Edinburgh’s Emma Watson tops global accountancy exams

Emma Watson was thrilled with her results. Picture: Jane Barlow
Emma Watson was thrilled with her results. Picture: Jane Barlow
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SHE is the glamorous number-crunching television presenter endowed with beauty and brains.

But Countdown mathematician Rachel Riley, below, may finally have met her match in a city whizz kid who has come top of the world in accountancy exams.

High-flyer Emma Watson can count on a bright future after gaining first place globally in the latest Chartered Institute of Management Accountants (CIMA) case study exams.

And the 24-year-old brainbox from Slateford laughed off suggestions that she would be a shoo-in for a starring role on the hit gameshow if her fledgling career doesn’t add up.

The business analyst, who studied with leading education provider BPP, achieved a score of 132 out of 150, beating more than 1500 other students registered for the exam around the world.

Emma achieved the remarkable result after studying for three hours a night after finishing work at the Royal Bank of Scotland’s Gogarburn headquarters.

She said: “I was absolutely shattered but sometimes I would take a Friday night off. It was fantastic to be told I was a prize-winner.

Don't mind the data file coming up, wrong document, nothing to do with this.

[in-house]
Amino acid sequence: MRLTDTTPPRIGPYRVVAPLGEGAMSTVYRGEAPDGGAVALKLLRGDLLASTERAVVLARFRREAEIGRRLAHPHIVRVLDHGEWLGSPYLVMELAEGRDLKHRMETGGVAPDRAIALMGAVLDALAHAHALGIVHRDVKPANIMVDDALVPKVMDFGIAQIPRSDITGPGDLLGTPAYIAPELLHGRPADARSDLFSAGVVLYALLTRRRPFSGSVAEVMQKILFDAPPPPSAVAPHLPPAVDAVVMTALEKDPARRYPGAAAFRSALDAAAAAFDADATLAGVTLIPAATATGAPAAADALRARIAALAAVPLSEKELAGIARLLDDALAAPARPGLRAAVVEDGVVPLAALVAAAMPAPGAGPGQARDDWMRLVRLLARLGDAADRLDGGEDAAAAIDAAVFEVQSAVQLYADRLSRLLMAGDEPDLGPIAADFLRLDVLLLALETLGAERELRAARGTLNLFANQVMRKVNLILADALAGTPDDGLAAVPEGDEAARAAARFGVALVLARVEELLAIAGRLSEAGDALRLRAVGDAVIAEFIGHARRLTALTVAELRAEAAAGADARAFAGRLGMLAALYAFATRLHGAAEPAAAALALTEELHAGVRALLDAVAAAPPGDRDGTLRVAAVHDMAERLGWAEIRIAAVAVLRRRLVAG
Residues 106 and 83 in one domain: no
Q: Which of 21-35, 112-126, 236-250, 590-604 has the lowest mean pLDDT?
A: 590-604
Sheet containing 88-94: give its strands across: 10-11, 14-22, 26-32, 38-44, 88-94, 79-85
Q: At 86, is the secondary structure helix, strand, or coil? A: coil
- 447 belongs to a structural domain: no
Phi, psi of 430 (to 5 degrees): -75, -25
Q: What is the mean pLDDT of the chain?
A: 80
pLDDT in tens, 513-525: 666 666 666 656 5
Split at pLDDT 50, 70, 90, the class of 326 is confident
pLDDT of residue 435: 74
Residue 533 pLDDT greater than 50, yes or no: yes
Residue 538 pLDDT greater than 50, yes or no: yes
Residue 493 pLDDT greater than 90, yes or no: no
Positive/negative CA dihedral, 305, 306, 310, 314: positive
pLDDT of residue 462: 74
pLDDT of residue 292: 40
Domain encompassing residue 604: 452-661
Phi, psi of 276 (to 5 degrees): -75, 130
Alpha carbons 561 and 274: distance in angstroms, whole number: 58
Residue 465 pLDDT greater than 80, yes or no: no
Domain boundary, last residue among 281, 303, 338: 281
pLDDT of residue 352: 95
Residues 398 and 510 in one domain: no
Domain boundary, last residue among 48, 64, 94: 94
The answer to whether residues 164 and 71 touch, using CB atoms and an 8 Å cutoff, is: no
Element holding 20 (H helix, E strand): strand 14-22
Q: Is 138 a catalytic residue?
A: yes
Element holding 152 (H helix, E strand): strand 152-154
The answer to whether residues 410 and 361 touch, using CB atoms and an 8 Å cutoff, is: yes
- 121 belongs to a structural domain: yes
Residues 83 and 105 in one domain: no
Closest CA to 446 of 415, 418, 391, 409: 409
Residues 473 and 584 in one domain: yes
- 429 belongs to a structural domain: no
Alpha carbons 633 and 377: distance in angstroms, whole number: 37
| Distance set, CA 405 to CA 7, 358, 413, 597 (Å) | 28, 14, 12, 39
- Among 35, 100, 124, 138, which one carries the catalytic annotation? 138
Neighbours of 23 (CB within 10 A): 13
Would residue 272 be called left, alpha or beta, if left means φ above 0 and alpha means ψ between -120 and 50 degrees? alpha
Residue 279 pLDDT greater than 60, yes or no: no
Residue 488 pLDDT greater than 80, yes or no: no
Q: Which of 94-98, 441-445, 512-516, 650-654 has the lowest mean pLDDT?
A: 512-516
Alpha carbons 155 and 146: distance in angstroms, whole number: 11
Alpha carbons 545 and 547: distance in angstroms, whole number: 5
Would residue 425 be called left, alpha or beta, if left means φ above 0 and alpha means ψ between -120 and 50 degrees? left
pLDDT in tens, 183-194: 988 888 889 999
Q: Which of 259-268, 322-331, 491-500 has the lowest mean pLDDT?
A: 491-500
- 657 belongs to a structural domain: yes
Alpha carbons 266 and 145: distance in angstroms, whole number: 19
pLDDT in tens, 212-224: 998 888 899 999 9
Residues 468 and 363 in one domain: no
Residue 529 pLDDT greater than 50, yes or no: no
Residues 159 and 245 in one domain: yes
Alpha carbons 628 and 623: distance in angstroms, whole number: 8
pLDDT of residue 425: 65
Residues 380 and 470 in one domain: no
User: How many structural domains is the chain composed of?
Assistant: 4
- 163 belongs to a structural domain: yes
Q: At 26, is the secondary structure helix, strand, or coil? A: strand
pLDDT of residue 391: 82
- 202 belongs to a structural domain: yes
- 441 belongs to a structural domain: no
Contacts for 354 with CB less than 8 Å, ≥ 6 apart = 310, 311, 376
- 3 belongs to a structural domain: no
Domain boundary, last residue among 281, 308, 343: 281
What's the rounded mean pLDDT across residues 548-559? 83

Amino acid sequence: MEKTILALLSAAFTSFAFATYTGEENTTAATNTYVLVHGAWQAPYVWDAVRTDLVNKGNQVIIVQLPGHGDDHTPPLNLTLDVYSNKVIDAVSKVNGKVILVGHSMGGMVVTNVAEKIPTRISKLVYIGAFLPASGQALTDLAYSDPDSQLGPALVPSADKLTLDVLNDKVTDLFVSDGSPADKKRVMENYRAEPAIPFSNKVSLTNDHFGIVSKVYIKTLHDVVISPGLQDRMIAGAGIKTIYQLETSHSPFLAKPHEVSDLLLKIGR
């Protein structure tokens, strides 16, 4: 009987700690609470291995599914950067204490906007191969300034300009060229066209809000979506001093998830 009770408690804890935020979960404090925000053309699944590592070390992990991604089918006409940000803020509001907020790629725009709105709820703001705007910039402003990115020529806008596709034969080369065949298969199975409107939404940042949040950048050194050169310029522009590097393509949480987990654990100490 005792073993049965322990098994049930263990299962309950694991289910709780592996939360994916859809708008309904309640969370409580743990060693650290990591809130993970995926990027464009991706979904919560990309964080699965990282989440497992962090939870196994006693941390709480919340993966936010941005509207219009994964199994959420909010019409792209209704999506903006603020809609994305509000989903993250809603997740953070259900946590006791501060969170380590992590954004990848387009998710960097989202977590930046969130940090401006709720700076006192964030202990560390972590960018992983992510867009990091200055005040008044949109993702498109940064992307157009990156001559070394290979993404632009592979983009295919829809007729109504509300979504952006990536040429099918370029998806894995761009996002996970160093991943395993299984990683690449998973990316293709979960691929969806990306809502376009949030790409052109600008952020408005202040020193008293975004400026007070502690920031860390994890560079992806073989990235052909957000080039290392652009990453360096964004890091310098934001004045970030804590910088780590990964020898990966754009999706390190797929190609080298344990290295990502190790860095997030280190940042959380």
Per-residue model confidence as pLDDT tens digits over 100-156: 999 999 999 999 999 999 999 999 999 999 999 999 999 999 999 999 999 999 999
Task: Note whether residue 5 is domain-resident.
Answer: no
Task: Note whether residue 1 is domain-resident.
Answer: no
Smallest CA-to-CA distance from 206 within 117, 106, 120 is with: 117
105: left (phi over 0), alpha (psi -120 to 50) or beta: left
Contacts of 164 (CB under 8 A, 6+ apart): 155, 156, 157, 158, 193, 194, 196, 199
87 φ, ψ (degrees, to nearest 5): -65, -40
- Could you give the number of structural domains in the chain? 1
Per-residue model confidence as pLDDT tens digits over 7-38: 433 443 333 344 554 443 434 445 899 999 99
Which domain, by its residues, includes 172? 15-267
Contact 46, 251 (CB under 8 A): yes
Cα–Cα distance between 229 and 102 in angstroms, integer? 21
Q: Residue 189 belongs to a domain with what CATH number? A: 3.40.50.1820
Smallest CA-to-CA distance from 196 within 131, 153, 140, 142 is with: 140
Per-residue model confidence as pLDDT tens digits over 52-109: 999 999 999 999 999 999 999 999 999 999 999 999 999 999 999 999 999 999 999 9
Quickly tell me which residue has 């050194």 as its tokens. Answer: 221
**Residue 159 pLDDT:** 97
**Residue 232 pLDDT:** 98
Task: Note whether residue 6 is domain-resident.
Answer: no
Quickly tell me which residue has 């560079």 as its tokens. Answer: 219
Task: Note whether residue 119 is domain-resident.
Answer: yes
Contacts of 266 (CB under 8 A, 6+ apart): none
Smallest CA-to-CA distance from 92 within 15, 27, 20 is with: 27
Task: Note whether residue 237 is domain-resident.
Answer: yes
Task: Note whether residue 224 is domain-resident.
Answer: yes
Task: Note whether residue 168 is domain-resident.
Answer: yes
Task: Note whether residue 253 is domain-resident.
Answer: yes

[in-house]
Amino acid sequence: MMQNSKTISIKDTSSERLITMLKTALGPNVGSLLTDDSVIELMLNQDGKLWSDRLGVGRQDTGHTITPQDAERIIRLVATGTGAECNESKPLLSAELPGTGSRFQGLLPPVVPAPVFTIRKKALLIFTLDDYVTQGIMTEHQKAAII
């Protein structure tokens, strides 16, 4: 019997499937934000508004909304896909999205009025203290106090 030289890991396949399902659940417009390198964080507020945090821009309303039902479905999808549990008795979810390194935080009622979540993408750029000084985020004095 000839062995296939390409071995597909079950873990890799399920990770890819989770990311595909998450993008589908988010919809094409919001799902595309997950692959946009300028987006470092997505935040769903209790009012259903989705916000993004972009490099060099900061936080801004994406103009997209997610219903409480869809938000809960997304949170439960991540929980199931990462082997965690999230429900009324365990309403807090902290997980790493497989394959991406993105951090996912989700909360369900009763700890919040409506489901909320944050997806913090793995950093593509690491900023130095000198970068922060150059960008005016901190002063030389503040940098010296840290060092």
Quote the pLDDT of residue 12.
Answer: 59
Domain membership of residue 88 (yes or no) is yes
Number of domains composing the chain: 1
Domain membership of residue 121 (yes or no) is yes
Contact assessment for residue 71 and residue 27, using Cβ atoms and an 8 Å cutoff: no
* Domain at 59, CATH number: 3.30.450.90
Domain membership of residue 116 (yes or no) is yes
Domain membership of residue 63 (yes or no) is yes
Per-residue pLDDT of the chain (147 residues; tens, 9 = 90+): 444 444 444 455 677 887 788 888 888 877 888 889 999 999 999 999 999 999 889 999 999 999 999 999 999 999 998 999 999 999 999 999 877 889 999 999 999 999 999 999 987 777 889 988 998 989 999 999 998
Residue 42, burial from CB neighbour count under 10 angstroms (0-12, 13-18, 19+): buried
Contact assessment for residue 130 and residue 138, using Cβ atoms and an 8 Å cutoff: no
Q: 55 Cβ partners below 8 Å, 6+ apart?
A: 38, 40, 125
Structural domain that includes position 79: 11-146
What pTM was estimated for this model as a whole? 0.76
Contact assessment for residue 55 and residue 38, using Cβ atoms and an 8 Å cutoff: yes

“Coming top in the world in one of the toughest exams that I have taken really makes all of the studying worthwhile.

“The CIMA exams are challenging, however I receive outstanding support from both BBP and my employer, RBS. I am progressing down the road to being a fully-qualified management accountant and the exams so far have given me not only skills in management accounting, but have given me an understanding of the wider business context of my work.

“These skills are beneficial not just in banking, but are valued in any organisation. CIMA has also given me the confidence and abilities to communicate and interact with colleagues at all levels in the organisation and to really make a difference in my work day to day.”

Emma joined the Finance Graduate Scheme at RBS in 2013. Students need to complete 12 professional qualification exams requiring personal study and dedication to become a Chartered Global Management Accountant.

This is complemented by three years’ experience which can be gained whilst 

Emma attended Mary Erskine School before gaining a degree in mathematics from Glasgow University.

She added: “My mum and dad did maths at university and my mum’s a maths teacher in Edinburgh.

“I always found maths quite enjoyable and I didn’t find it too difficult which was quite unusual in my group of friends. I have quite a logical mind and I enjoy puzzles.”

Abid Sheikh, area chairman of CIMA Scotland, praised Emma’s dedication to her studies, adding: “It is a fantastic achievement to come top globally in this professional business exam.”